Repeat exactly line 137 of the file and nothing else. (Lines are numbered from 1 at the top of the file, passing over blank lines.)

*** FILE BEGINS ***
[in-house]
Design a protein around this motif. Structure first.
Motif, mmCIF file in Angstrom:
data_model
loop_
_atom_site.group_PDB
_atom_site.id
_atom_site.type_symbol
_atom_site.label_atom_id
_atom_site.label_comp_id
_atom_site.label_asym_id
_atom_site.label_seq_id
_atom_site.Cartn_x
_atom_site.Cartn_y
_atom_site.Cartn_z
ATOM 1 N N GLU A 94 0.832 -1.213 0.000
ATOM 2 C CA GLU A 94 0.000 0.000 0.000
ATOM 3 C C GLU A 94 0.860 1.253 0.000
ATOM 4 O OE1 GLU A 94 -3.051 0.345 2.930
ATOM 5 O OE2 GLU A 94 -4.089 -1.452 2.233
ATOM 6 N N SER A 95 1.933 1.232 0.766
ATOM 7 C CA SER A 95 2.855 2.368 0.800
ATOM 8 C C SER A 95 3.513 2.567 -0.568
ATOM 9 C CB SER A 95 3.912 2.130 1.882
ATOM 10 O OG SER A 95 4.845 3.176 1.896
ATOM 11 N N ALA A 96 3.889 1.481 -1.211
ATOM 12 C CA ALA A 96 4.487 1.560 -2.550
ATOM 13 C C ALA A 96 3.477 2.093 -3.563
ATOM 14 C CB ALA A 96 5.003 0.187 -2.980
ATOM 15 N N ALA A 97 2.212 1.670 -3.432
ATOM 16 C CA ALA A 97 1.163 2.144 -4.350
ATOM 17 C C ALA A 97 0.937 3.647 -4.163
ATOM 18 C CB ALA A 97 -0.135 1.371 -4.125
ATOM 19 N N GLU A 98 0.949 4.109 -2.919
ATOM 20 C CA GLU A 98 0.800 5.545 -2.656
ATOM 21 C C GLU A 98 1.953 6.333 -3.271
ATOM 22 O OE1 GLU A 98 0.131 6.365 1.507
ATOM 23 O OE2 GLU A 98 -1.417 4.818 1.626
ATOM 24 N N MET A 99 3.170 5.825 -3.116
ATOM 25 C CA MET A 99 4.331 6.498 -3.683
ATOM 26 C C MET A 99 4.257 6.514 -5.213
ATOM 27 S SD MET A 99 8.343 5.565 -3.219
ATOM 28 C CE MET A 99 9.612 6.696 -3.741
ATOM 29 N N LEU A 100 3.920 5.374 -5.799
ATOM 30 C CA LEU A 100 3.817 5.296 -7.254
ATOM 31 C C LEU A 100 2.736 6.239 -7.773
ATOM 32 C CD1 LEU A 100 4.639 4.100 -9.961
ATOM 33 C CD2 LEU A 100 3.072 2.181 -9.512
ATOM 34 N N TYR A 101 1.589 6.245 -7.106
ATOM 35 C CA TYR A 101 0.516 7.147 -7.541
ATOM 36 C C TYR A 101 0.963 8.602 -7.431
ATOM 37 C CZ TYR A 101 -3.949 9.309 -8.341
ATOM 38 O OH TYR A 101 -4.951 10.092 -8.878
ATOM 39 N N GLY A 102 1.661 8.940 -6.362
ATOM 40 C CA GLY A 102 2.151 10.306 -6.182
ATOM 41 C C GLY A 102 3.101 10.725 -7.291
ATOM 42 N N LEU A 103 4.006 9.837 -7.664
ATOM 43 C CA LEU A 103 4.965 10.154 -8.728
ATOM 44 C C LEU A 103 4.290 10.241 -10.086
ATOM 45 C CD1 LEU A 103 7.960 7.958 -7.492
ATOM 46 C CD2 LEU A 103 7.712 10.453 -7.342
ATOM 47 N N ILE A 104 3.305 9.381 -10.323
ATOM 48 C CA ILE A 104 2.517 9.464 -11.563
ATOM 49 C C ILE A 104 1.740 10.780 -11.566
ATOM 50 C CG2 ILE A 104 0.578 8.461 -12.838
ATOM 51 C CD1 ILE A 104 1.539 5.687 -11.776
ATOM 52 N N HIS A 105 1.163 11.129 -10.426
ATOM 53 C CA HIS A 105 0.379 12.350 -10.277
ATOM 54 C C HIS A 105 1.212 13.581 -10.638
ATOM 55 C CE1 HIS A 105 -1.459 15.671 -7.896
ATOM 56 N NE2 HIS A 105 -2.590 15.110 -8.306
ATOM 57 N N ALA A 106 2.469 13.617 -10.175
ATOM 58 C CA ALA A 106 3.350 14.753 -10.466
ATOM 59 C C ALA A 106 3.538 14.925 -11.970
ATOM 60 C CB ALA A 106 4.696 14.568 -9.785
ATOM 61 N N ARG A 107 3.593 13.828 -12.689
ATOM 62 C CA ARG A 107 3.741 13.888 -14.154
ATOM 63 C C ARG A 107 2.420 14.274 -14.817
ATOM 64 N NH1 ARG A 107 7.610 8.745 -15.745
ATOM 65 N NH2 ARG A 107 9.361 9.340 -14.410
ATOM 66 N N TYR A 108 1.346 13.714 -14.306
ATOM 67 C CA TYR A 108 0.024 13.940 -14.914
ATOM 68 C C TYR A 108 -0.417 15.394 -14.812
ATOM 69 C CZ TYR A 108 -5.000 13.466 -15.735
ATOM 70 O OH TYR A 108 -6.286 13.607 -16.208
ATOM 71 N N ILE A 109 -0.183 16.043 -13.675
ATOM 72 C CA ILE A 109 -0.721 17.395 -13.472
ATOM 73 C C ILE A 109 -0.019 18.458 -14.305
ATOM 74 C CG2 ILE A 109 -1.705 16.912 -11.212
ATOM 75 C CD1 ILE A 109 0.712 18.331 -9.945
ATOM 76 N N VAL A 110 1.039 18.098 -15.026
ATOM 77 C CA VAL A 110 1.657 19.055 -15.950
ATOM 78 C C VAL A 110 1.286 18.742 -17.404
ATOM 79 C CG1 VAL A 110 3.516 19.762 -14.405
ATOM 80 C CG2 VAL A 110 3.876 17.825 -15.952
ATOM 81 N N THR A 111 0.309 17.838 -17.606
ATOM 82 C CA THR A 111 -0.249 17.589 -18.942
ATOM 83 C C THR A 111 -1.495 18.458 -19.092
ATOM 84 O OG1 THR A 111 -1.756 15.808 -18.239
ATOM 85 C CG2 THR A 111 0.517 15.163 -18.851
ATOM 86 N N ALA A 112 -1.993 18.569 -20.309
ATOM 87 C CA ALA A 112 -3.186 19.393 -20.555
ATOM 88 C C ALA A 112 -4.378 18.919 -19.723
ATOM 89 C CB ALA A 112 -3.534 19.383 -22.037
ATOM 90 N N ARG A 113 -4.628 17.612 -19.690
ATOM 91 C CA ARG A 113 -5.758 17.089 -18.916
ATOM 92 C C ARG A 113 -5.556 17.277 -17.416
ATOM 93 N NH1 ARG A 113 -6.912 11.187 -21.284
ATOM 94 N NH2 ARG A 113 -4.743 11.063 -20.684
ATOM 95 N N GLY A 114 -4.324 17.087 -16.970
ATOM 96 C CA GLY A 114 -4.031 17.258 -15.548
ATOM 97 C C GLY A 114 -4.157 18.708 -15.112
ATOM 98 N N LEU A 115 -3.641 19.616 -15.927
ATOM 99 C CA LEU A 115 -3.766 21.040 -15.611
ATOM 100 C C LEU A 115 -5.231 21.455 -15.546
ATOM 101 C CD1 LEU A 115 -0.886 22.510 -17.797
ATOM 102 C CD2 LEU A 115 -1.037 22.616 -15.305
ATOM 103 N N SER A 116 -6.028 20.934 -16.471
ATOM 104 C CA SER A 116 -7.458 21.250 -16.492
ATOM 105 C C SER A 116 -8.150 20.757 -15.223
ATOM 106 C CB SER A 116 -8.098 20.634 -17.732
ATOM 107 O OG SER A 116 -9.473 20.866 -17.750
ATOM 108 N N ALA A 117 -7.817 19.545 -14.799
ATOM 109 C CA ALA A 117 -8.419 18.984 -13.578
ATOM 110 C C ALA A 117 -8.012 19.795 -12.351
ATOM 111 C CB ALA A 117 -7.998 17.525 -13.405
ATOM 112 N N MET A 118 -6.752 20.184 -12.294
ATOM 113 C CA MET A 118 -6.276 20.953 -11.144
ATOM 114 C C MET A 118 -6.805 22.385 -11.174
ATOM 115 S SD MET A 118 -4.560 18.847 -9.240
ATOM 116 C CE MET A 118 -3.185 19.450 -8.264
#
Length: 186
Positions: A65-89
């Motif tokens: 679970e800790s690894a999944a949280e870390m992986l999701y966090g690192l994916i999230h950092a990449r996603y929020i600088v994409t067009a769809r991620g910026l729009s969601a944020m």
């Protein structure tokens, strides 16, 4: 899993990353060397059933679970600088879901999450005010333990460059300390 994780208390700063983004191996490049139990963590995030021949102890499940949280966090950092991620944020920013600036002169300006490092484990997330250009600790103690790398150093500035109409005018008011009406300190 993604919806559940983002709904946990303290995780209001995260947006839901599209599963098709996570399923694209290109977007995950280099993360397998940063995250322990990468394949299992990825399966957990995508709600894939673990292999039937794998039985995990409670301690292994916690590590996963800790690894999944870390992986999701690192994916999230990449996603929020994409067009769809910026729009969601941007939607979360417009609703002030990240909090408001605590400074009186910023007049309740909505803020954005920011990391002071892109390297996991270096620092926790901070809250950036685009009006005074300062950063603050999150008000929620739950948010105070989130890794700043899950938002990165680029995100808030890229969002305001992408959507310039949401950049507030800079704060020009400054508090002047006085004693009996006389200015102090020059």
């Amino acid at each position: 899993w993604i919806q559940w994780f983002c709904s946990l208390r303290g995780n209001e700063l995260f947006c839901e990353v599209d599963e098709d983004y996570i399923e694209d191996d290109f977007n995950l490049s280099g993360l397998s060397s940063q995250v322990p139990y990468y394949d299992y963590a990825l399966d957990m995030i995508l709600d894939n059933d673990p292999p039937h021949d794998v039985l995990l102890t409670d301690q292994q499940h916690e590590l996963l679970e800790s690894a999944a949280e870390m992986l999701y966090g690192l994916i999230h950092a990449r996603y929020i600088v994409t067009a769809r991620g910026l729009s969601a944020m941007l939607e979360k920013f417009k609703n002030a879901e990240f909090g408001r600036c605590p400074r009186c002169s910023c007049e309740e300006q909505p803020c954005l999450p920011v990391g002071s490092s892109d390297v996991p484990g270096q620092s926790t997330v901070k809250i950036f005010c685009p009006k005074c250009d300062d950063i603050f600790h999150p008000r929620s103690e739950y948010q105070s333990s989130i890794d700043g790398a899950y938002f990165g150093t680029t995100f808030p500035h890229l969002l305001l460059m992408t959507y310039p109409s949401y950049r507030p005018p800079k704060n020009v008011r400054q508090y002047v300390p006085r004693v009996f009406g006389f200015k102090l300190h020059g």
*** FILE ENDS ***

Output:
């Amino acid at each position: 899993w993604i919806q559940w994780f983002c709904s946990l208390r303290g995780n209001e700063l995260f947006c839901e990353v599209d599963e098709d983004y996570i399923e694209d191996d290109f977007n995950l490049s280099g993360l397998s060397s940063q995250v322990p139990y990468y394949d299992y963590a990825l399966d957990m995030i995508l709600d894939n059933d673990p292999p039937h021949d794998v039985l995990l102890t409670d301690q292994q499940h916690e590590l996963l679970e800790s690894a999944a949280e870390m992986l999701y966090g690192l994916i999230h950092a990449r996603y929020i600088v994409t067009a769809r991620g910026l729009s969601a944020m941007l939607e979360k920013f417009k609703n002030a879901e990240f909090g408001r600036c605590p400074r009186c002169s910023c007049e309740e300006q909505p803020c954005l999450p920011v990391g002071s490092s892109d390297v996991p484990g270096q620092s926790t997330v901070k809250i950036f005010c685009p009006k005074c250009d300062d950063i603050f600790h999150p008000r929620s103690e739950y948010q105070s333990s989130i890794d700043g790398a899950y938002f990165g150093t680029t995100f808030p500035h890229l969002l305001l460059m992408t959507y310039p109409s949401y950049r507030p005018p800079k704060n020009v008011r400054q508090y002047v300390p006085r004693v009996f009406g006389f200015k102090l300190h020059g």